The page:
Both of these companies have an interesting way of using retirement funds to buy a business that you can be directly involved with, unlike a self-directed IRA or 401K.
Basically they create a C-Corp, start a 401K for the C-corp, you rollover your retirement funds into the C-corp 401K and the 401k buys the C-corp stock and then the C-corp has funds to use as it pleases. See their web sites for better info.
I’m looking to see if anyone has done this or know of someone that has?
I talked to my CPA and he thinks it’s an interesting concept and is looking at it more to provide me with some guidance to its legitimacy.
If he says its legit, I may give it a try.
If you are considering the ROBS act take a look at SD Cooper. I have no experience with them other than a lengthy conversation with Steve (owner) who is upfront about the 1974 ERISA law and what the intent was when drafted. He is also upfront that the fee you pay him to set up the necessary Profit-Sharing Plan (not a 401(k)) can be done on your own with an attorney who you are going to need anyhow but most regular attorneys don’t practice ERISA law as that is a specialty. I was ready to pull the trigger with them on a park but the deal fell apart at the 11th hour. I’m back in the shopping mode. The down payment on whatever deal we go with will determine if we’ll go the ROBS way. Also, I’ve had a couple of thousand dollars worth of ERISA attorney expenses all advising me against even getting involved with ROBS because it’s an untested grey area and involved the IRS as well as the DOL. Read the SD Cooper website and you’ll get a completely different picture than Guidant has. This is in no way an endorsement for or against the companies mentioned or the utilization of ROBS as a financing method.
I did this a couple of years ago with a Tax Attorney based in Chicago. His name is Lee Jennings with Dana Consulting Group. Phone is 312-332-7733. Website is www.danaconsulting.com.
Lee normally does these for individuals who leave their company, want to take their pension, 401K and/or IRA and use that money to start a business. My situation was the first time he set this up for real estate transactions.
Before I purchased my first park with this set up, I was able to get Lee on a conference call with John Hyre. John was able to make
recommendations that will greatly reduce my tax exposure when I sell the park.
For anyone who has been down this road before:
About how much does it cost (ballpark) to set up a C Corp & 401k.
Also, can you share some tips on ways to reduce tax exposure when you sell a park.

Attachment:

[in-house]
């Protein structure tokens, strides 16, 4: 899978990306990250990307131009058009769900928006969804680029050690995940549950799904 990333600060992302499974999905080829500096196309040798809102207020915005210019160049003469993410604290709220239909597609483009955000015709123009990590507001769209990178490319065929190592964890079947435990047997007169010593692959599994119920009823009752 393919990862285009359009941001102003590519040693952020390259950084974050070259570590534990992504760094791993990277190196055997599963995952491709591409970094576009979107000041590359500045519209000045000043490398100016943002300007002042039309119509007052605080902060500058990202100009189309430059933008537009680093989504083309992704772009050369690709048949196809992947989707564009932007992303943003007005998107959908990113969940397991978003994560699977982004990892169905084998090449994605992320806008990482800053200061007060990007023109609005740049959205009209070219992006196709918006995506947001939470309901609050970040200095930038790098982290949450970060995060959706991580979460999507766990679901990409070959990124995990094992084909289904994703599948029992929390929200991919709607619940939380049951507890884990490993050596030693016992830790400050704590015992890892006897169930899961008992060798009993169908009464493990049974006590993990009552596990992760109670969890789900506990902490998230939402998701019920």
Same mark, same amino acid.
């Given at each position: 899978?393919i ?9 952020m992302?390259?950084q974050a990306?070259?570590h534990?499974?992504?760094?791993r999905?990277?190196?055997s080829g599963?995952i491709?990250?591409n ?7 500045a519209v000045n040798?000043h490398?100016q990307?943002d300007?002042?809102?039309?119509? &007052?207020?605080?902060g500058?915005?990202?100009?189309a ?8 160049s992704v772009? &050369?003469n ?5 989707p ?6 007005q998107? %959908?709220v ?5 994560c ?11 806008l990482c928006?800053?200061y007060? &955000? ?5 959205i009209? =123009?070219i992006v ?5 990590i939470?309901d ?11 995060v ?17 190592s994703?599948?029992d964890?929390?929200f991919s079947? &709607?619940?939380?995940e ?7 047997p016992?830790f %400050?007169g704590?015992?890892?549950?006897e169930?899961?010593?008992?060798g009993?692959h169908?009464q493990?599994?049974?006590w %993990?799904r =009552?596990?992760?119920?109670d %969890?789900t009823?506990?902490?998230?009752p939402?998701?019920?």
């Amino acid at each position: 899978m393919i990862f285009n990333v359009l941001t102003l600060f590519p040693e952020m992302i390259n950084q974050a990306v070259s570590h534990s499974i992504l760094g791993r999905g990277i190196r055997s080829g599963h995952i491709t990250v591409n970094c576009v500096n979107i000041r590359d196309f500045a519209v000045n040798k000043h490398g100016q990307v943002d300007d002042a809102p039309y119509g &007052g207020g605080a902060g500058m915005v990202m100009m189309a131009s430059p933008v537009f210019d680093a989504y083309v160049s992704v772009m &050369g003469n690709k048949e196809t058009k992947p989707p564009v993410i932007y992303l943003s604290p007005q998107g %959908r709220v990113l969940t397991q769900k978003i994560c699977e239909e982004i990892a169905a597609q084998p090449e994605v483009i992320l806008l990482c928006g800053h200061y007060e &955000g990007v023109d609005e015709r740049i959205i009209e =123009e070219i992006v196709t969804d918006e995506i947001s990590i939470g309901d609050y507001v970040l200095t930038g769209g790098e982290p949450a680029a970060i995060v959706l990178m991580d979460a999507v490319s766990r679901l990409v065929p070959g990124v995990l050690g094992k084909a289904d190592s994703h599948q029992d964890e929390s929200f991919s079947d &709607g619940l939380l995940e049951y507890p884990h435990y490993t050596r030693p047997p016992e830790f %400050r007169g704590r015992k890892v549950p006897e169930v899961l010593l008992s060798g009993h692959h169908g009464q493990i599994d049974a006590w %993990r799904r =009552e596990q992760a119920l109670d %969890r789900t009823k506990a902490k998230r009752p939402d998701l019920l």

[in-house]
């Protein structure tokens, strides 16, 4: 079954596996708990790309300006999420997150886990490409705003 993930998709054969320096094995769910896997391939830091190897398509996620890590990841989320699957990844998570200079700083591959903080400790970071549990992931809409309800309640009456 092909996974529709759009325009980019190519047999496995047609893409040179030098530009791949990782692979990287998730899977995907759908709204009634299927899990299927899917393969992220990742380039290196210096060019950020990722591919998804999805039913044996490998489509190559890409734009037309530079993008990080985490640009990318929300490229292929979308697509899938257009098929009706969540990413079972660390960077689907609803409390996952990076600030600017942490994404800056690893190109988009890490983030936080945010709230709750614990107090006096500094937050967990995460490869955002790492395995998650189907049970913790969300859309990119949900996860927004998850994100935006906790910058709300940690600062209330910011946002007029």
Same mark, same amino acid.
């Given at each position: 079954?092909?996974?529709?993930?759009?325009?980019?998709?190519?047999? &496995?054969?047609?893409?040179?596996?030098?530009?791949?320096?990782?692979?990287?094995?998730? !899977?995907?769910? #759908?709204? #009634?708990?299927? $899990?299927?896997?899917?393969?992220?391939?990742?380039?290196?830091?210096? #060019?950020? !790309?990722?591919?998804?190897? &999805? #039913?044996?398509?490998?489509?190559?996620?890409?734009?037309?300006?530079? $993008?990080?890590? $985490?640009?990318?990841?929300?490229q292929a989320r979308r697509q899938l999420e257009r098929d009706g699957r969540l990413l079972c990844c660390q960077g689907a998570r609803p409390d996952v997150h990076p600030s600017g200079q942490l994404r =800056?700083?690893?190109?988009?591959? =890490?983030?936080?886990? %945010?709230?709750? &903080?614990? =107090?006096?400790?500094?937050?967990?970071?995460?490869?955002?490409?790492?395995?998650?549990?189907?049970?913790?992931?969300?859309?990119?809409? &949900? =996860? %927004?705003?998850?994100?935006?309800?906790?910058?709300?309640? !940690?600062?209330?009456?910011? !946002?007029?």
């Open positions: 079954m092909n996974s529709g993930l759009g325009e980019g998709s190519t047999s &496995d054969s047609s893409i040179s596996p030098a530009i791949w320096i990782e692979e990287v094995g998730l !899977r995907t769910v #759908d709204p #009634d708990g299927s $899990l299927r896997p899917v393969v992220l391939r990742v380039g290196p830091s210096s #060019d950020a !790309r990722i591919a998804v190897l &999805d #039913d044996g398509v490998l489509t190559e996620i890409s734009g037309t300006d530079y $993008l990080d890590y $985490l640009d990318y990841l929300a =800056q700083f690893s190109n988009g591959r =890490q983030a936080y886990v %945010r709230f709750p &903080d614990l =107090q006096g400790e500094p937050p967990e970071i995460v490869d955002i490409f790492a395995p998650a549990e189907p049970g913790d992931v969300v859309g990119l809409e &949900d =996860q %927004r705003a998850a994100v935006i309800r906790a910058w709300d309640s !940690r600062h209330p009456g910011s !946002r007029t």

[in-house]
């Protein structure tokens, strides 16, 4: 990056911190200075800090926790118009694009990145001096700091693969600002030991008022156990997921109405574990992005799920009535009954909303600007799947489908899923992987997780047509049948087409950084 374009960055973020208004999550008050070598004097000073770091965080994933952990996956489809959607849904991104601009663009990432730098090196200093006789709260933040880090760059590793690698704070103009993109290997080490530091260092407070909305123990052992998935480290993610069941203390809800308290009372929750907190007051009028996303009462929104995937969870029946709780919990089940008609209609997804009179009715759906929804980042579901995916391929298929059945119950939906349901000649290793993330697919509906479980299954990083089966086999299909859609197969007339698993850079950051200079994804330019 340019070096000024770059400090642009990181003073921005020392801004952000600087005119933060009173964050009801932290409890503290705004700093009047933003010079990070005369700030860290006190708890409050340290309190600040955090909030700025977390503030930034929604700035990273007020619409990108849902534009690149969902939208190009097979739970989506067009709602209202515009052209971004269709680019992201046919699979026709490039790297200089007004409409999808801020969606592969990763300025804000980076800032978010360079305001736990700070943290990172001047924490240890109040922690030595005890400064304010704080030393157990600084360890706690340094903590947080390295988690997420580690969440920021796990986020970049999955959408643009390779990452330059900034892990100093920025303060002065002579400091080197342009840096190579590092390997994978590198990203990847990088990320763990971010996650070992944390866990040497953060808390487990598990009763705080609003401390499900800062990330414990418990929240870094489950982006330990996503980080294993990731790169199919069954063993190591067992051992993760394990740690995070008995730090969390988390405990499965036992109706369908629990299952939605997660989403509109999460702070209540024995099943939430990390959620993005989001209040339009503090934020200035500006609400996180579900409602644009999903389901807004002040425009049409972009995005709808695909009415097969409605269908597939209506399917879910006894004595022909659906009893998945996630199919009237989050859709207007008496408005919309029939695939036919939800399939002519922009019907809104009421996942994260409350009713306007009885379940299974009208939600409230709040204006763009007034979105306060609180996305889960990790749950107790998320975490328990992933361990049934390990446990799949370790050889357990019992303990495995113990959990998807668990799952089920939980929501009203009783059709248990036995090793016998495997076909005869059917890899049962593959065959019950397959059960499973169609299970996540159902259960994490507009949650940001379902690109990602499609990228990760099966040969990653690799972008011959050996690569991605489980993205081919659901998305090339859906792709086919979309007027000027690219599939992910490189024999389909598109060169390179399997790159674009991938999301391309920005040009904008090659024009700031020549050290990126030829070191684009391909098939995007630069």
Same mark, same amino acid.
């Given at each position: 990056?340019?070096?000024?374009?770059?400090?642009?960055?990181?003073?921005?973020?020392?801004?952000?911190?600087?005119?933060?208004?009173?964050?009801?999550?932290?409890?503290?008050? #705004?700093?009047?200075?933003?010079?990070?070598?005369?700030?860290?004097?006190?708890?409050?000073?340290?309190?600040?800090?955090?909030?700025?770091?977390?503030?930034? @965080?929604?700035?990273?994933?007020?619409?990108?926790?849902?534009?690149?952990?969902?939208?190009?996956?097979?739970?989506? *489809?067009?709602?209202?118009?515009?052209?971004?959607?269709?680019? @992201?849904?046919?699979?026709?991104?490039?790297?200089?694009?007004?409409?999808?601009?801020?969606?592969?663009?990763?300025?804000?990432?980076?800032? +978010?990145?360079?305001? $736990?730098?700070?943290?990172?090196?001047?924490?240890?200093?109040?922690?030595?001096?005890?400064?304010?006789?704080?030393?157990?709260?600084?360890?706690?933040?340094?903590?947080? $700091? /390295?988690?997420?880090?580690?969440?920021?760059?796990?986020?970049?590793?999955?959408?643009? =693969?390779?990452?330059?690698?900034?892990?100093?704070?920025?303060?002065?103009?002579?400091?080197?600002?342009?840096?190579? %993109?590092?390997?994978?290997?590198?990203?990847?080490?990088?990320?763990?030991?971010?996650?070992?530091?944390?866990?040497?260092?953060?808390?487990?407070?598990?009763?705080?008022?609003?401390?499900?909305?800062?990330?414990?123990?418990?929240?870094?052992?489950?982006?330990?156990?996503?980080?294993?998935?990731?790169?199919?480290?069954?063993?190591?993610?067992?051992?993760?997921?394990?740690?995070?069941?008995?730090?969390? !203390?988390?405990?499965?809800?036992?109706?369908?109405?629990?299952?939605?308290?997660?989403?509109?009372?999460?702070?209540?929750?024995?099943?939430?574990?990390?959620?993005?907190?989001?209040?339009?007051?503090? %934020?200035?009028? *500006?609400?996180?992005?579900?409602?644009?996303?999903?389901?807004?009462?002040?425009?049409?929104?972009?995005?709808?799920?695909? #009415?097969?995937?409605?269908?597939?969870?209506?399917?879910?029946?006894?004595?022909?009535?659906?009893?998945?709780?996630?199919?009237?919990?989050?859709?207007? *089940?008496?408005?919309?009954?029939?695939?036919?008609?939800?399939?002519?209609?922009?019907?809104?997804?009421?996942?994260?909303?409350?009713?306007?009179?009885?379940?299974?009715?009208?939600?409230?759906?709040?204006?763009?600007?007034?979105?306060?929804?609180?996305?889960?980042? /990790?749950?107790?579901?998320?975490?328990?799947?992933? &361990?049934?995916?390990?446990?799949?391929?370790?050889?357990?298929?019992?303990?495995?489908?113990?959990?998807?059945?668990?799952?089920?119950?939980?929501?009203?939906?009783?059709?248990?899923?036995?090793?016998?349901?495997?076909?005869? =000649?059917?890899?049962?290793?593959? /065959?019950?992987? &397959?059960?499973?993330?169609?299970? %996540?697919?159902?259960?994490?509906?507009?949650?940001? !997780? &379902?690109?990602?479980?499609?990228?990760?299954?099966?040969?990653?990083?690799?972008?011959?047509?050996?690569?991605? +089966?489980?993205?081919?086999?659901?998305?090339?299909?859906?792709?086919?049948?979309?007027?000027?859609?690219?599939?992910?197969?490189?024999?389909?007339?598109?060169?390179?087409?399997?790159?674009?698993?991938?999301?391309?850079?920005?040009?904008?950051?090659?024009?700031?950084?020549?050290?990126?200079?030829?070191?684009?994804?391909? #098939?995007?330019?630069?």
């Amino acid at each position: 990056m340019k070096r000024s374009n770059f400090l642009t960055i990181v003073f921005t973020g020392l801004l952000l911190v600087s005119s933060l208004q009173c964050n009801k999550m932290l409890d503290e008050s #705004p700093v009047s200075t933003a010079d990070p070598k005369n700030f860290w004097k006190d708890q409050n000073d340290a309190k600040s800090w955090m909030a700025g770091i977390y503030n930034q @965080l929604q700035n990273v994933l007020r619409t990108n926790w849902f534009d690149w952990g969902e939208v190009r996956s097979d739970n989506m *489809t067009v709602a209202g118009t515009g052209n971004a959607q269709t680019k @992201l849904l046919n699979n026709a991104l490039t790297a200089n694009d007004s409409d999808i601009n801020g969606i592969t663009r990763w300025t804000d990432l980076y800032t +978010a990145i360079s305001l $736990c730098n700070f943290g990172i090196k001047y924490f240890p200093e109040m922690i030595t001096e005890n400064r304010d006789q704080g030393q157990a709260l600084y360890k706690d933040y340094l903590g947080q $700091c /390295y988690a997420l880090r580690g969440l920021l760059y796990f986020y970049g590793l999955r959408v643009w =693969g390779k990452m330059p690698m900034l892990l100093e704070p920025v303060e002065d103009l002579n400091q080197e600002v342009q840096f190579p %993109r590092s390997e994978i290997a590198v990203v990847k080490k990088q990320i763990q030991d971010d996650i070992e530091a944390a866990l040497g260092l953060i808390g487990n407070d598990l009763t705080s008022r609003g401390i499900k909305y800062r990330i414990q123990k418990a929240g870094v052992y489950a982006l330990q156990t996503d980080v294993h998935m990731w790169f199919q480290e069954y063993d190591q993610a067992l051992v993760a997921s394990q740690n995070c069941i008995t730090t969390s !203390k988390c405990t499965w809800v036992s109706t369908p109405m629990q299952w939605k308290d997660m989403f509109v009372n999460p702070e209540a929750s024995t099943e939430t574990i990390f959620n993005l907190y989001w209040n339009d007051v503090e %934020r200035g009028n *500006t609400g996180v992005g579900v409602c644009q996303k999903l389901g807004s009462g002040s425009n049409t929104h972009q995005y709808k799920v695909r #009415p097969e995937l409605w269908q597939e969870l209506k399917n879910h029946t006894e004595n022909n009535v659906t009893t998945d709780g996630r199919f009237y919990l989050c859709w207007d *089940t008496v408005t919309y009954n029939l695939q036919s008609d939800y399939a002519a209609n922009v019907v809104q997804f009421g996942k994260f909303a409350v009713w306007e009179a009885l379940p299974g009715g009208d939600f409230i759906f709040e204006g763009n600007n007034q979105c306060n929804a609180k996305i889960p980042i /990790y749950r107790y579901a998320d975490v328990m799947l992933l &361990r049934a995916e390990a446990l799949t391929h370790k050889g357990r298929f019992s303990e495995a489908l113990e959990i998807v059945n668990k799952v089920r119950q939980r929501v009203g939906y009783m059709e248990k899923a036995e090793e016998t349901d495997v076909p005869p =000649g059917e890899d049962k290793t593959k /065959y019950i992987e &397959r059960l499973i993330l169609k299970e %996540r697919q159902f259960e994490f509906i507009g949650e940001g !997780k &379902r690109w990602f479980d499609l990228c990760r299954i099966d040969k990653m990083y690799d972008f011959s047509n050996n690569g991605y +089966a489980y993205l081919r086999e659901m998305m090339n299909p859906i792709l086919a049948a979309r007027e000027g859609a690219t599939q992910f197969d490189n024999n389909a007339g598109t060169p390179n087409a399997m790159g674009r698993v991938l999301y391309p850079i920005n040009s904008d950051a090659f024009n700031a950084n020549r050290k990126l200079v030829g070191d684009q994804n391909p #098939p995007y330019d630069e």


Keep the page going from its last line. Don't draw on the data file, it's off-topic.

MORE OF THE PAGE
I wanted to give an update on this. I used Benetrends and bought a park with their Rainmaker product. That was 3 years ago. This next tax year I will have to put money info my retirement, but its only 5% of profits or so.
The up front cost was about $5000. Considering the work they do to get things set up properly, I don’t think that is to bad and it could save $100,0000’s to $1M’s when you sell depending on the deal.
They have a monthly expense that covers annual reporting requirements, but that isn’t a large amount.
The only down fall is the unknown. Because it’s a gray area to the IRS, things could change. If it does, how will that affect the corp? Some states have additional reporting because it’s a C-corp vs a LLC, but again the expense isn’t much.
Is your C-corp paying taxes at the corporate federal rate and then you are taking your dividends and paying personal tax on that income also? Do you have income (or depreciation covers your income so you have losses but positive cash flow?)
Edit: Oh - maybe the dividend income is tax free because it accrues to a tax-free ERISA ? Is that the idea?
As of yet, no taxes. But it will be at the fed corp rate. Using this system to buy a park has its benefits when you sell because the retirement fund owns the stock so when the park is sold, the retirement fund sells the stock back to the corp and its not taxed. I can’t go into the details because its complicated. If there is interest, call benetrends and they will explain it.
I take a pay check as an employee of the c-corp.
The only ways to get out of this is to either sell the property and close the corp or buy the stock from the retirement fund.
I don’t know this for sure, so don’t quote me, but another good side to this may be if you want to sell and buy another park, maybe you don’t have to do a 1031 and be tied to the very tight timeline to delay capital gains. This would be another benetrends question.